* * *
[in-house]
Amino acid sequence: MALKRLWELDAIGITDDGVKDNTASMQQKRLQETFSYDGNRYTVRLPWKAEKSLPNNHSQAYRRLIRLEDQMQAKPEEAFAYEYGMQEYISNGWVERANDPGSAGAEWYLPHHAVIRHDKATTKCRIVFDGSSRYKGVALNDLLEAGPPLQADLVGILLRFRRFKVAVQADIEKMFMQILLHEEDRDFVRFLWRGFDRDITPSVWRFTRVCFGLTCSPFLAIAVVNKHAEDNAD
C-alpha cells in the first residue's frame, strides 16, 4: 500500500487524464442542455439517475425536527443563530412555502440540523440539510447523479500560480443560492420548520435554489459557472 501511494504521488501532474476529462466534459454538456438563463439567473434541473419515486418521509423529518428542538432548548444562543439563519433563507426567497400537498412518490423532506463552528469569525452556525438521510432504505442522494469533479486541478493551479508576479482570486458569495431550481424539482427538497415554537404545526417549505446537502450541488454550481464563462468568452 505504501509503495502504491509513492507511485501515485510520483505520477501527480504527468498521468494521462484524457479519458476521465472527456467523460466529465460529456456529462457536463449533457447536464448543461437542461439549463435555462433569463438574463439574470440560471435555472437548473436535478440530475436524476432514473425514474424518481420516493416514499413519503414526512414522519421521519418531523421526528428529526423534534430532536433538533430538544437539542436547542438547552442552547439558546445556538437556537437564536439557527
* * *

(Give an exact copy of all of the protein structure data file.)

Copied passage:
[in-house]
Amino acid sequence: MALKRLWELDAIGITDDGVKDNTASMQQKRLQETFSYDGNRYTVRLPWKAEKSLPNNHSQAYRRLIRLEDQMQAKPEEAFAYEYGMQEYISNGWVERANDPGSAGAEWYLPHHAVIRHDKATTKCRIVFDGSSRYKGVALNDLLEAGPPLQADLVGILLRFRRFKVAVQADIEKMFMQILLHEEDRDFVRFLWRGFDRDITPSVWRFTRVCFGLTCSPFLAIAVVNKHAEDNAD
C-alpha cells in the first residue's frame, strides 16, 4: 500500500487524464442542455439517475425536527443563530412555502440540523440539510447523479500560480443560492420548520435554489459557472 501511494504521488501532474476529462466534459454538456438563463439567473434541473419515486418521509423529518428542538432548548444562543439563519433563507426567497400537498412518490423532506463552528469569525452556525438521510432504505442522494469533479486541478493551479508576479482570486458569495431550481424539482427538497415554537404545526417549505446537502450541488454550481464563462468568452 505504501509503495502504491509513492507511485501515485510520483505520477501527480504527468498521468494521462484524457479519458476521465472527456467523460466529465460529456456529462457536463449533457447536464448543461437542461439549463435555462433569463438574463439574470440560471435555472437548473436535478440530475436524476432514473425514474424518481420516493416514499413519503414526512414522519421521519418531523421526528428529526423534534430532536433538533430538544437539542436547542438547552442552547439558546445556538437556537437564536439557527